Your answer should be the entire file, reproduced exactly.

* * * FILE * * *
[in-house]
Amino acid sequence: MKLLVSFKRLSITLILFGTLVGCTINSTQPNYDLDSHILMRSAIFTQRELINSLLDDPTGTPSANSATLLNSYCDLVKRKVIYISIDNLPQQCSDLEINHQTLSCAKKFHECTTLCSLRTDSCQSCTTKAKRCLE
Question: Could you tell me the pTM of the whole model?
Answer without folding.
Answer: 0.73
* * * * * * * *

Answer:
[in-house]
Amino acid sequence: MKLLVSFKRLSITLILFGTLVGCTINSTQPNYDLDSHILMRSAIFTQRELINSLLDDPTGTPSANSATLLNSYCDLVKRKVIYISIDNLPQQCSDLEINHQTLSCAKKFHECTTLCSLRTDSCQSCTTKAKRCLE
Question: Could you tell me the pTM of the whole model?
Answer without folding.
Answer: 0.73